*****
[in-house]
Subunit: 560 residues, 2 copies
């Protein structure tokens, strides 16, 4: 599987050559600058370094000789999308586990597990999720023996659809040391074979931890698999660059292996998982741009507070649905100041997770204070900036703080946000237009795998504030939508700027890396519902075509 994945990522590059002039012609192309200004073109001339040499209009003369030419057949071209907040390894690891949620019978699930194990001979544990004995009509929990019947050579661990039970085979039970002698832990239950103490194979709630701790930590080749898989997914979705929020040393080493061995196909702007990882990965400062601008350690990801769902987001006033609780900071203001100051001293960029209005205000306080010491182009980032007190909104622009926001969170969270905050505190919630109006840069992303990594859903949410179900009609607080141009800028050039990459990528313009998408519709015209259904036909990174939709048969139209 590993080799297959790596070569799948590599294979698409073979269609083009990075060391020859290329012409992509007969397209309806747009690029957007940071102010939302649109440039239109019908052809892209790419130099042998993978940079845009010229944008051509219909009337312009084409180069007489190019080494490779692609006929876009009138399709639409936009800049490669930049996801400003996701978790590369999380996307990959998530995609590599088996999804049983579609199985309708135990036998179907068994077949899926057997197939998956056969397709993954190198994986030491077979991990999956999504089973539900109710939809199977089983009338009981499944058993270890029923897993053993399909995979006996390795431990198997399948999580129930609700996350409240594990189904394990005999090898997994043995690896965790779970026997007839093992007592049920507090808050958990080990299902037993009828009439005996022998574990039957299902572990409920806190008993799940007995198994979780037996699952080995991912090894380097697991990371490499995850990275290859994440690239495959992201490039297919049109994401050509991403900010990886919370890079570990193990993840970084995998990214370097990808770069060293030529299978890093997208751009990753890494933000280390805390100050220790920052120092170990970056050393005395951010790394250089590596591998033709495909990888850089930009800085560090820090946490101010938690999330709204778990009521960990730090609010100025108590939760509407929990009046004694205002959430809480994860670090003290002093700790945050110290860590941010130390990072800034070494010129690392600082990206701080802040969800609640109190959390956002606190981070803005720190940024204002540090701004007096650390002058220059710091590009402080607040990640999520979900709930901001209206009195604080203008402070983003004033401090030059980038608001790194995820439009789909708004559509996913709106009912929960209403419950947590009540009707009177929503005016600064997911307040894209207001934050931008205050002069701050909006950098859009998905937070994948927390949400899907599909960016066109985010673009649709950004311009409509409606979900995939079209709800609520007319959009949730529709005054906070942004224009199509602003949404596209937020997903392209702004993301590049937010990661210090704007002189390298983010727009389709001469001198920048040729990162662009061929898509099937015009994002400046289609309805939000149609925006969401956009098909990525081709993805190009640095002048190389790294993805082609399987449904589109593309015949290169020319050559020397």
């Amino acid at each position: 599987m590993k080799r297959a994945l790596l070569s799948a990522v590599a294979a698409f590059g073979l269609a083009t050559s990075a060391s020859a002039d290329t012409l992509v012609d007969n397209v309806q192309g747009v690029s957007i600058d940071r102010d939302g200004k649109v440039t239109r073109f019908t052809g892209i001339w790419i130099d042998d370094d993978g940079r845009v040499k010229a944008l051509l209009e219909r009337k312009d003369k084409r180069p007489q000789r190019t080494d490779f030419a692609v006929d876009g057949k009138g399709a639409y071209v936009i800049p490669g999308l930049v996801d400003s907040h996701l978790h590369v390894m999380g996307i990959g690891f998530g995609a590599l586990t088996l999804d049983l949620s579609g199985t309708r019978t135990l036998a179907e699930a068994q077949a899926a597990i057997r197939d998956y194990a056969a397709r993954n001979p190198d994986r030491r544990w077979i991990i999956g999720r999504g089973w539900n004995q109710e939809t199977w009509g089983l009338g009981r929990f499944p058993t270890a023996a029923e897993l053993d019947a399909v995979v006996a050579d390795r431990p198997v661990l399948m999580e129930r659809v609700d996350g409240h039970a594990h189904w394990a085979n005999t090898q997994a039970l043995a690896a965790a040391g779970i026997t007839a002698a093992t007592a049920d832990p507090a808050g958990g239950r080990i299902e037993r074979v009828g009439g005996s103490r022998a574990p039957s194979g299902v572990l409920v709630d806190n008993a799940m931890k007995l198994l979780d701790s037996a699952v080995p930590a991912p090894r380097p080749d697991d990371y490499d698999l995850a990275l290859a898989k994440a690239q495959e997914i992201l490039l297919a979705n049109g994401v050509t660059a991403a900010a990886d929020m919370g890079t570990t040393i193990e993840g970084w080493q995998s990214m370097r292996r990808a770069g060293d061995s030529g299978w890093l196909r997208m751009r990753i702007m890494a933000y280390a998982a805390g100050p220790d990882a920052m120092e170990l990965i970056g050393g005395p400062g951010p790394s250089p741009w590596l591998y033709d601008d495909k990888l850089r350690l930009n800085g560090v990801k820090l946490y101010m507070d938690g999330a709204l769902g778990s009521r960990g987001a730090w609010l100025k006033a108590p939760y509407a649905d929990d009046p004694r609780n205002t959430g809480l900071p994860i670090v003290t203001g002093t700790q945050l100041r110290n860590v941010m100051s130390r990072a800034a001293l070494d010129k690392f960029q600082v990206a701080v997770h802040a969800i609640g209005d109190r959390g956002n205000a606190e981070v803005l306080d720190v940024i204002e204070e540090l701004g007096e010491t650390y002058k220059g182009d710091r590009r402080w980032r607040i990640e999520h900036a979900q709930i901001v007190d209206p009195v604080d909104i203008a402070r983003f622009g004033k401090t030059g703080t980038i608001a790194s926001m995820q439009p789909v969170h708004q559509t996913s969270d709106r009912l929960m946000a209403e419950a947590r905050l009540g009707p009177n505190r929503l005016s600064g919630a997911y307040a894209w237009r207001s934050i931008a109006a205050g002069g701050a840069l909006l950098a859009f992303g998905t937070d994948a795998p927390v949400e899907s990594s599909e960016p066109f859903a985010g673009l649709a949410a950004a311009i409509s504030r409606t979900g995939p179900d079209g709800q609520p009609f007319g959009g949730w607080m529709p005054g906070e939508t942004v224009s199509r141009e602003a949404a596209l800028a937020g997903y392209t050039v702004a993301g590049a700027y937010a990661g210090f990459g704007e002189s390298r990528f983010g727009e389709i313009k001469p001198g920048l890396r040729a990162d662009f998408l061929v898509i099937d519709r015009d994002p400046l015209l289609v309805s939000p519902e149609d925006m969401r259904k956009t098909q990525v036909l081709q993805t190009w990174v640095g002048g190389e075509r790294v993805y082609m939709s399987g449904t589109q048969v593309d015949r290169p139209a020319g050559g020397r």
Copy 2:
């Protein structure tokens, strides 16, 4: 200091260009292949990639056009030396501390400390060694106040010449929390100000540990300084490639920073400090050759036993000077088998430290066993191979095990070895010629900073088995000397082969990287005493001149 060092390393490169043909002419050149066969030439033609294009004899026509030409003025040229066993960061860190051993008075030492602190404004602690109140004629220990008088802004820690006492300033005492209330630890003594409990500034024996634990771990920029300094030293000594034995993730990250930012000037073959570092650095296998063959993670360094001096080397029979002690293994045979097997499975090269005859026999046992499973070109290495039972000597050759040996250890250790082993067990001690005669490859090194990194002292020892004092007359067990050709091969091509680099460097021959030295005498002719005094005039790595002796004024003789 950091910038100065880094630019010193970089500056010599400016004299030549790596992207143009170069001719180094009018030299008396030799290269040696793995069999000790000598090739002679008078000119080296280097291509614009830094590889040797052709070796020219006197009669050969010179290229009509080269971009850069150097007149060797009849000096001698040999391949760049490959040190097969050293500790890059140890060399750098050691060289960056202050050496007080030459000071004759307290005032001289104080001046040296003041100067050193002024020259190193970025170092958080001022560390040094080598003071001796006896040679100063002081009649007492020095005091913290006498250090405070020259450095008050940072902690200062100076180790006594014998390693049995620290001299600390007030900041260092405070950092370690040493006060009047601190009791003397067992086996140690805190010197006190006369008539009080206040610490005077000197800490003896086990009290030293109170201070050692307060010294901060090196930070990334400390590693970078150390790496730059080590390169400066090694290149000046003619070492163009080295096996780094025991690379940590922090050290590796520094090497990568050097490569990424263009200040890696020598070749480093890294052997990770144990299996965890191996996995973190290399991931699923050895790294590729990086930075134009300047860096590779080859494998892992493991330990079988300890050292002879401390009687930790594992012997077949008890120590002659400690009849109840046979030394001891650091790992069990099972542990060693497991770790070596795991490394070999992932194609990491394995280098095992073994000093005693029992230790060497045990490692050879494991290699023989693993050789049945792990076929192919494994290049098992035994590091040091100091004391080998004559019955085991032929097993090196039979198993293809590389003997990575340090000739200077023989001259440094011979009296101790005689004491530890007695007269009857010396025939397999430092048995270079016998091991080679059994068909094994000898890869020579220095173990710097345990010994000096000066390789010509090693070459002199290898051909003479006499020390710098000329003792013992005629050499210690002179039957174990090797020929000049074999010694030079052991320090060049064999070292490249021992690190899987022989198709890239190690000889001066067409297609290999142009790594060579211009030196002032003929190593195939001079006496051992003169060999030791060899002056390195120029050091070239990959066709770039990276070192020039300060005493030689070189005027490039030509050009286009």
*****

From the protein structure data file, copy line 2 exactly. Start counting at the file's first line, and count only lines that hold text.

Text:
Subunit: 560 residues, 2 copies